Editorial: Explore benefits of Tampa’s reclaimed water plan

Tampa Mayor Bob Buckhorn backs bringing more drinking water resources on-line to help meet Tampa's growing demands, free up water capacity for the utility's other members and delay for up to several years or more a need for new water supply projects. SKIP O'ROURKE  |  Times
Tampa Mayor Bob Buckhorn backs bringing more drinking water resources on-line to help meet Tampa's growing demands, free up water capacity for the utility's other members and delay for up to several years or more a need for new water supply projects. SKIP O'ROURKE | Times
Published May 10 2018
Updated May 14 2018

A new analysis shows the potential benefits to the entire region if Tampa proceeds with its plan to redirect treated wastewater into the area’s drinking water supply. Beyond being easier on the environment and providing a resource to meet the demands of growth and the cycles of drought, the plan could save area governments tens of millions of dollars by deferring the need for new water supply projects. The potential savings underscores the need for the six member governments in Tampa Bay Water, the regional water utility, to embrace the concept of Tampa’s proposal as the vetting goes forward.

Tampa provides 4 million to 6 million gallons of treated wastewater every day to customers from South Tampa to Tampa International Airport. But its treatment plant discharges a far greater amount, about 60 million gallons, daily into Tampa Bay. This is a huge waste of a valuable resource, which is why Tampa Mayor Bob Buckhorn has proposed redirecting about 50 million gallons a day from the treatment plant into the aquifer, where it would naturally filtrate. Then the water would be pumped back up, with roughly half going to the city’s water treatment plant and the other half to the Hillsborough River reservoir, where Tampa Bay Water could use it to meet the region’s drinking needs. By that point, the wastewater would have been treated at least three times.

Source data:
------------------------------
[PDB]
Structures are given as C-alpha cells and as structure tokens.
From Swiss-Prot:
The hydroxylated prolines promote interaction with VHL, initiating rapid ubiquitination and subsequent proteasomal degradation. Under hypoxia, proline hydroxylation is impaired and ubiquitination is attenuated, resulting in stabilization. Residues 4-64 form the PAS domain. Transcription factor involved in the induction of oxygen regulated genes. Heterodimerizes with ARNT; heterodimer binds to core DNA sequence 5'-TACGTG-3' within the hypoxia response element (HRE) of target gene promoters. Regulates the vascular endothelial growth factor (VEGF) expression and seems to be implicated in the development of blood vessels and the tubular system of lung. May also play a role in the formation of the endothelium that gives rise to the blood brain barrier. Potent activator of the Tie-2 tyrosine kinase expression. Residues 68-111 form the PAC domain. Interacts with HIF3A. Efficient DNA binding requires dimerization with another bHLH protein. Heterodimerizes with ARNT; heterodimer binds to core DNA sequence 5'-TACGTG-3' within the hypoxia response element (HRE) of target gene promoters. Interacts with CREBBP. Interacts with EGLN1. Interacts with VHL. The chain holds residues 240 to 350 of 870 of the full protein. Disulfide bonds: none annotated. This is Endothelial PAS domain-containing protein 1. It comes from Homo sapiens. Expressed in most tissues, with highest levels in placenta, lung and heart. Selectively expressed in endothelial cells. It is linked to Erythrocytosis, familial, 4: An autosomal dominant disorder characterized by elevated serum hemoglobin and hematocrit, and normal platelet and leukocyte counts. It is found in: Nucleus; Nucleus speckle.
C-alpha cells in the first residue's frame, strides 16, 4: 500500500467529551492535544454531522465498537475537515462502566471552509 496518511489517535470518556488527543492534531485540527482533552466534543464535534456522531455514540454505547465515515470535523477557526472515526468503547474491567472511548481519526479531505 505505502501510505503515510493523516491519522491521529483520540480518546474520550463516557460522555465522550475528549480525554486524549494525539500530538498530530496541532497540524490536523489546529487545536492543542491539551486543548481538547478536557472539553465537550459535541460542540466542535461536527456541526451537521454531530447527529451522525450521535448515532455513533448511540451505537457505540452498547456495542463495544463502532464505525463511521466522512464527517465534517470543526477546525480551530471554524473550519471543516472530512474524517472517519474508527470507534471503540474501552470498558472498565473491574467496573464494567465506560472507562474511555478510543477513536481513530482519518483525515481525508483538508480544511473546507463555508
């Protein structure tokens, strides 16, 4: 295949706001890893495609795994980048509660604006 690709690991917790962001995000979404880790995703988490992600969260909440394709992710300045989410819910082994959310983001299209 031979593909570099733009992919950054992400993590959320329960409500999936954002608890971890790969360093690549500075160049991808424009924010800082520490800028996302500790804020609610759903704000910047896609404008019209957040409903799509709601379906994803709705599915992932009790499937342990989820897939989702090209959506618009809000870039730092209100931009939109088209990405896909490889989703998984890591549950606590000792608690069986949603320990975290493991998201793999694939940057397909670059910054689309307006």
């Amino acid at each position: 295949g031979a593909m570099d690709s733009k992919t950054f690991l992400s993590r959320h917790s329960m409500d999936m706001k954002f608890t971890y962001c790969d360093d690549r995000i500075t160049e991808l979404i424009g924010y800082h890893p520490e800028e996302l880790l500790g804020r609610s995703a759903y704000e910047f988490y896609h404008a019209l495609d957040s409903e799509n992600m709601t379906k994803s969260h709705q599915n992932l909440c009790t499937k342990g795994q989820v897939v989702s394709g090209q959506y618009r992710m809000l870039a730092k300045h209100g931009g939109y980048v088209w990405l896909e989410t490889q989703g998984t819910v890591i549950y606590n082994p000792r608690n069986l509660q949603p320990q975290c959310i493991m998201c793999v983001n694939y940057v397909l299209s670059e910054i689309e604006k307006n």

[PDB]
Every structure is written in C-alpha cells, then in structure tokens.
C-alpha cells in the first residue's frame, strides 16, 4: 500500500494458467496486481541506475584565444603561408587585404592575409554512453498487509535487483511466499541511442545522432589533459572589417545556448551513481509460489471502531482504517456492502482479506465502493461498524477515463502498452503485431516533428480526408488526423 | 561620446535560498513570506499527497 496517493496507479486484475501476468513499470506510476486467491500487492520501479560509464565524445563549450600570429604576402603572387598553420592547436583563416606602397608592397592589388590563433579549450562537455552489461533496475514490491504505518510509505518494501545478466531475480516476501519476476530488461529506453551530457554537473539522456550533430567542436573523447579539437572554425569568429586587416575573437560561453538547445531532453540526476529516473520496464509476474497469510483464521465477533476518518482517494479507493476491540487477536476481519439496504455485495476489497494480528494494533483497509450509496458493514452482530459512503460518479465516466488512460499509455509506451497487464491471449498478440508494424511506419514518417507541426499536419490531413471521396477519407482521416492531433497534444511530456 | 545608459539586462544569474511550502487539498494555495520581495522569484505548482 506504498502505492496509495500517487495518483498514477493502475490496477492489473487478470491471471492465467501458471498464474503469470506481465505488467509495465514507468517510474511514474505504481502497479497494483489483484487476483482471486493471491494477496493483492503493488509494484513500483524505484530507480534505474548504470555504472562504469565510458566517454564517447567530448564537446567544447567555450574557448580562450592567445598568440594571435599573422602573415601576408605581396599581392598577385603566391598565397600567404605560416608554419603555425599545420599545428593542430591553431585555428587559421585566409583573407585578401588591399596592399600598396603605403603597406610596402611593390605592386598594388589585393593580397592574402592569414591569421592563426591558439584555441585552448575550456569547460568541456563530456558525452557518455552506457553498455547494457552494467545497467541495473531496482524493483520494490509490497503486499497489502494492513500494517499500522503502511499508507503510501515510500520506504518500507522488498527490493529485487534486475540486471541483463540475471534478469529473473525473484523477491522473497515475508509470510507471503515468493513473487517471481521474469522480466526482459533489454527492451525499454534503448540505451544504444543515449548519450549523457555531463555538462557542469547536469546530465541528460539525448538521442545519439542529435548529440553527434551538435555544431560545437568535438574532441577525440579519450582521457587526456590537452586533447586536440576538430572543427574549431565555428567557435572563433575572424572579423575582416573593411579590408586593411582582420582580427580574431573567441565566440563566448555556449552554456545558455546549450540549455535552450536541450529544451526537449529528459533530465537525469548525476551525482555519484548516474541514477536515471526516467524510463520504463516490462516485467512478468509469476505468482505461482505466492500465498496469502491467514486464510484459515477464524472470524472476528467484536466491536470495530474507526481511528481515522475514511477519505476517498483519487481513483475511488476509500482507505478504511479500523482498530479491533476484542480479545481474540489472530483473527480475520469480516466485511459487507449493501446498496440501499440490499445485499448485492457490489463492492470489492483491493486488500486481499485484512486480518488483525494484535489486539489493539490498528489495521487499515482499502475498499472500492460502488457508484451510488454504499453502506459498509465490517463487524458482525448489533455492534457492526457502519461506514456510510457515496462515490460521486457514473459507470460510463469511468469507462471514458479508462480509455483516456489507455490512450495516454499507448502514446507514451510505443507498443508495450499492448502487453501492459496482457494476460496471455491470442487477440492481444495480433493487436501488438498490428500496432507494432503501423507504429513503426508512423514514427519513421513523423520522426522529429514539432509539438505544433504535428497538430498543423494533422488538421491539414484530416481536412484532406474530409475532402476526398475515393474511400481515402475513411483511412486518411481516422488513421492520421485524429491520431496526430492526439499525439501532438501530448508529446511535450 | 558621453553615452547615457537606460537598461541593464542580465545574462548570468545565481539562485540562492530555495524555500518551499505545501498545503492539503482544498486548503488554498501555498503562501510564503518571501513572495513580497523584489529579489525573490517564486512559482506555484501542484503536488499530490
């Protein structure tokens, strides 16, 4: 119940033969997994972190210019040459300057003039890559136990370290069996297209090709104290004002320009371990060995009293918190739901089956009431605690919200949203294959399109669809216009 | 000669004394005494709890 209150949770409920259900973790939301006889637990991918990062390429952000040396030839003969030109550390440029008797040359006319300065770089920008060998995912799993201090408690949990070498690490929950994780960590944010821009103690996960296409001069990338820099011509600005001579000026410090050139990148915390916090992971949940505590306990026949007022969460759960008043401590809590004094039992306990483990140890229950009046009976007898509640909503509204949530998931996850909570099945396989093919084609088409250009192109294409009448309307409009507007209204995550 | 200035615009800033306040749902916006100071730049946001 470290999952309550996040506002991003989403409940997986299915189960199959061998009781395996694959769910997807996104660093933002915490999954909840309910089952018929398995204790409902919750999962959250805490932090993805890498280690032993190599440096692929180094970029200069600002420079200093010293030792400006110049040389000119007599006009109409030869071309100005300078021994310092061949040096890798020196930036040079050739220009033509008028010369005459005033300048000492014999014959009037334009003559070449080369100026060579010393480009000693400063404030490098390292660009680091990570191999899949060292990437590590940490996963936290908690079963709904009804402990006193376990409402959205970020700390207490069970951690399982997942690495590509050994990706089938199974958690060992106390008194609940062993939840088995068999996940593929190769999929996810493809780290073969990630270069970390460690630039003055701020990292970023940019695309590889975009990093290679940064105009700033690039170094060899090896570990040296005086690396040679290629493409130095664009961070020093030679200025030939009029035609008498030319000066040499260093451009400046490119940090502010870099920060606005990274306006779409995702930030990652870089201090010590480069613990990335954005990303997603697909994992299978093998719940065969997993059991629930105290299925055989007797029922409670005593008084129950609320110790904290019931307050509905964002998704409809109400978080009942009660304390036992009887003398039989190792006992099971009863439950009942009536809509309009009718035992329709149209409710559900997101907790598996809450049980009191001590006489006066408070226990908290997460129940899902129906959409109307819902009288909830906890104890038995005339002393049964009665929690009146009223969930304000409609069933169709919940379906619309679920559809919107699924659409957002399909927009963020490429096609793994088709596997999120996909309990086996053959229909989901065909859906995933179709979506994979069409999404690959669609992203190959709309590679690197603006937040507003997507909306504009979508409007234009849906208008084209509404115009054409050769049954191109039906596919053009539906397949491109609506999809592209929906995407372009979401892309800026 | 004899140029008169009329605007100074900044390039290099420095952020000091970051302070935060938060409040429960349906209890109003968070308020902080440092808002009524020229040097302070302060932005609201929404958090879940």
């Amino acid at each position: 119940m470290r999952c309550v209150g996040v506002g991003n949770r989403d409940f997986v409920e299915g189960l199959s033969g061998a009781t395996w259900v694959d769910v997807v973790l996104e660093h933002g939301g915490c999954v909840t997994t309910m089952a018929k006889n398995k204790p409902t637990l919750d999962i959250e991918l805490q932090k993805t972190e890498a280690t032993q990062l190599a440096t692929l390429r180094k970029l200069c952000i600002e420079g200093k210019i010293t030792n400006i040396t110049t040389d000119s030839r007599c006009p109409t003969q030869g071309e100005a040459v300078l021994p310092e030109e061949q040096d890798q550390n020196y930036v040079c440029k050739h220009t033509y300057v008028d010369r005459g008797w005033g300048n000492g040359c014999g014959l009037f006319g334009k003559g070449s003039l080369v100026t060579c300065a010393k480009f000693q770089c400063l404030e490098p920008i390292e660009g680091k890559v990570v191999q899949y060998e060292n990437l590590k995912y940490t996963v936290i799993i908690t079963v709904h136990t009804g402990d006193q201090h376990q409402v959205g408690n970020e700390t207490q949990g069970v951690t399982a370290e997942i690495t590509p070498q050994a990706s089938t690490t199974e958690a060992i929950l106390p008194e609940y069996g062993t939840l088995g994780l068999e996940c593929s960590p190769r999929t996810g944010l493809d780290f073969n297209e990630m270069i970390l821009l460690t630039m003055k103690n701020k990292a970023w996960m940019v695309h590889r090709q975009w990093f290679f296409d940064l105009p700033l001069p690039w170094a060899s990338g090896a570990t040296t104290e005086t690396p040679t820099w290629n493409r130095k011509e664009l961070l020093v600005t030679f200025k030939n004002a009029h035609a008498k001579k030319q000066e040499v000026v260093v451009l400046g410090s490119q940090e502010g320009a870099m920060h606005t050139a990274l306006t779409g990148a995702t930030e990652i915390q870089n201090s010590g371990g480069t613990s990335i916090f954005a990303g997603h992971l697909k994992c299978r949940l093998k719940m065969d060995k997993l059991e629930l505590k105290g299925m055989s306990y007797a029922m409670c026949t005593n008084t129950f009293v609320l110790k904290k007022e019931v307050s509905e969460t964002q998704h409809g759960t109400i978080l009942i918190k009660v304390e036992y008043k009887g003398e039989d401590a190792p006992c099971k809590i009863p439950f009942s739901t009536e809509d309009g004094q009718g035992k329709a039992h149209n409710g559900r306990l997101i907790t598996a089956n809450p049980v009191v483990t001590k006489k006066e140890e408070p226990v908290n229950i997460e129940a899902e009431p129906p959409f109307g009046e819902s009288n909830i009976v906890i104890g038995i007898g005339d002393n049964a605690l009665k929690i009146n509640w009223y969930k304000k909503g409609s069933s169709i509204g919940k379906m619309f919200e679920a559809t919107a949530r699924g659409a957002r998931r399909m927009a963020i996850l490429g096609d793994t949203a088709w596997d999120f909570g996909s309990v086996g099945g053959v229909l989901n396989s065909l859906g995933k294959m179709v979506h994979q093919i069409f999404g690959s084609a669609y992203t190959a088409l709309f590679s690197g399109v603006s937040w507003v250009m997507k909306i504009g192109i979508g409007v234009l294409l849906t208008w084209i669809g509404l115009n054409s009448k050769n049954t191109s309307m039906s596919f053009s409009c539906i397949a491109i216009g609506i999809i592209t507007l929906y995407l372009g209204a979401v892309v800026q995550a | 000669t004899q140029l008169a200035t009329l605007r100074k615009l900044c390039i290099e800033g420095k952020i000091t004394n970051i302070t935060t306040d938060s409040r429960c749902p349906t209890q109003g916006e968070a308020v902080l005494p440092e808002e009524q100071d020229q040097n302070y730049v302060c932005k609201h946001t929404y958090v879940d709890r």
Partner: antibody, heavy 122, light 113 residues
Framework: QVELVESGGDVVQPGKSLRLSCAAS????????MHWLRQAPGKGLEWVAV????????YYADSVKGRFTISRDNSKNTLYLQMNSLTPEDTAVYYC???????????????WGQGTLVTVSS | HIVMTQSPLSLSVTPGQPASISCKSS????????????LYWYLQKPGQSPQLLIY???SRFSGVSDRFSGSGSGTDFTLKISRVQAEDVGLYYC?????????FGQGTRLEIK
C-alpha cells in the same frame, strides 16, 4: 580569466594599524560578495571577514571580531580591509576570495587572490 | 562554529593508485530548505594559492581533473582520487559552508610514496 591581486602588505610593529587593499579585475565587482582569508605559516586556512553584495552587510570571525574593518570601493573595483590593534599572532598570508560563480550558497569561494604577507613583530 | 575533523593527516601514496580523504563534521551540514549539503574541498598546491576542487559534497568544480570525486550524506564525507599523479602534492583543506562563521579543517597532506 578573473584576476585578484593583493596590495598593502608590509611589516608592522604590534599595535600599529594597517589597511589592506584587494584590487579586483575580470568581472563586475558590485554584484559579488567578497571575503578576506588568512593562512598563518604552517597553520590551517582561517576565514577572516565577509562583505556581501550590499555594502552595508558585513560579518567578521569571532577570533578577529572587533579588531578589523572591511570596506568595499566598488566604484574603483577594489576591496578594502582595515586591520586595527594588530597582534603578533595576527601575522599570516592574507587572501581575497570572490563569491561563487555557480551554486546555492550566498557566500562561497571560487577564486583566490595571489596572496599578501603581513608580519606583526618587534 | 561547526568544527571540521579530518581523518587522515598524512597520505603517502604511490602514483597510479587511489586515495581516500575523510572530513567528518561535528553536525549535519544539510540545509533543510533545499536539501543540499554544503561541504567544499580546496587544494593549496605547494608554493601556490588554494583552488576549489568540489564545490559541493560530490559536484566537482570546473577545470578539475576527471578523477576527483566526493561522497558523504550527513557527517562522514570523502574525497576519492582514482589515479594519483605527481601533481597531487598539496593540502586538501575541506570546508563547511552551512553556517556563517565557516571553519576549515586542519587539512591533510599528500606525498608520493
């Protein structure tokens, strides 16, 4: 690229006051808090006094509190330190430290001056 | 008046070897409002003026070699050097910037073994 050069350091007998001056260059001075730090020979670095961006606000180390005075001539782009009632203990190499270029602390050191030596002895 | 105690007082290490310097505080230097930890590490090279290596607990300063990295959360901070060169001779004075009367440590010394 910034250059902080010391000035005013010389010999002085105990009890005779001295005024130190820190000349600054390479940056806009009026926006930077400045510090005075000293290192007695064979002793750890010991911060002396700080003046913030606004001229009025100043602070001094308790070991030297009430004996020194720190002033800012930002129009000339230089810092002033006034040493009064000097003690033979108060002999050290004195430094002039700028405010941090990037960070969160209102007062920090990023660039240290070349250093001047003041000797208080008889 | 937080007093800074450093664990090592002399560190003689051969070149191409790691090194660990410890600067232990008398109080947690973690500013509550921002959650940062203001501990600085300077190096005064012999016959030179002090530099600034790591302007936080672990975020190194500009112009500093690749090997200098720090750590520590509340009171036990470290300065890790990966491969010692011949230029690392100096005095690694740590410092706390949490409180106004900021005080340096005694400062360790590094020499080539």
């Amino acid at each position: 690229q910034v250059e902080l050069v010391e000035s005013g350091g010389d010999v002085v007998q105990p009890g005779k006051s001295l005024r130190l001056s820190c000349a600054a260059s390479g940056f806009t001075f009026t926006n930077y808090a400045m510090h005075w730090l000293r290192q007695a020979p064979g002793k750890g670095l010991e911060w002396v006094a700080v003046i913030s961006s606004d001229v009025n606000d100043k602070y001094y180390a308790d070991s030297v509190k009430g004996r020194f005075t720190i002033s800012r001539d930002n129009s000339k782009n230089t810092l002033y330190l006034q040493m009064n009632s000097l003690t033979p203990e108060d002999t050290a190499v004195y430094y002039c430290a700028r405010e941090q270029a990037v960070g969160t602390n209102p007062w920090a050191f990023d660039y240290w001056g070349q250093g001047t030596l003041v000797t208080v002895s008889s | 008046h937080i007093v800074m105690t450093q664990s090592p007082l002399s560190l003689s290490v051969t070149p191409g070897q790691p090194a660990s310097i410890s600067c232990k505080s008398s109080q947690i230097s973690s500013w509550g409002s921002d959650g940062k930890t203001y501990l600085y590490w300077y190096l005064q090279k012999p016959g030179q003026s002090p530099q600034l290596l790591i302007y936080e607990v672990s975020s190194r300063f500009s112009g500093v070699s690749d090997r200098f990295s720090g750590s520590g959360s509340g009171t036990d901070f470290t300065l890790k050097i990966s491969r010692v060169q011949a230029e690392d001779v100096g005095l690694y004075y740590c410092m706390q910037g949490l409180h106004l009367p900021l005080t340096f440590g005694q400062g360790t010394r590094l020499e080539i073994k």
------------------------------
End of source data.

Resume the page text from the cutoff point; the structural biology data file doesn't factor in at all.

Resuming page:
Tampa Bay Water has been exploring how to expand the use of reclaimed water, but the utility’s six member governments also have questioned whether Tampa has the right to proceed under the cooperative’s interlocal agreement. That is a pointless debate; all the member governments already have the exclusive right under the agreement "to develop, own and/or operate" their own reclaimed water systems. The utility should be working to get this done, not fighting parochial fights that fueled the region’s water wars in the first place.

Tampa Bay Water was right to de-escalate the debate by creating a committee to examine Tampa’s reclaimed water proposal. In a study for that group, an Orlando financial consultant found Tampa’s project could save Tampa Bay Water $28 million to $35 million, due to its ability "to delay future water supply projects." Tampa bringing more drinking water resources on-line would help meet its growing demands, free up water capacity for the utility’s other members and delay for up to several years or more a need for new water supply projects.

There is a path here to create a more sustainable water policy in one of the fastest-growing areas of the country. By August, Tampa Bay Water is expected to rank the projects to meet its long-term water needs. Tampa’s reclaimed plan deserves fair consideration. The amount of water at stake is twice the capacity of the utility’s desalination plant. Reducing the need for costly capital projects would benefit taxpayers across the region — as would reducing the nutrient load in Tampa Bay.

The consultant’s report shows that it’s time to replace political carping with financial soundness and common sense. Tampa has a chance to make worthwhile use of a precious resource that now goes to waste. This should be seen as a shared win and another mark of regional unity. And it shouldn’t take forever to decide whether the project stands on its merits.

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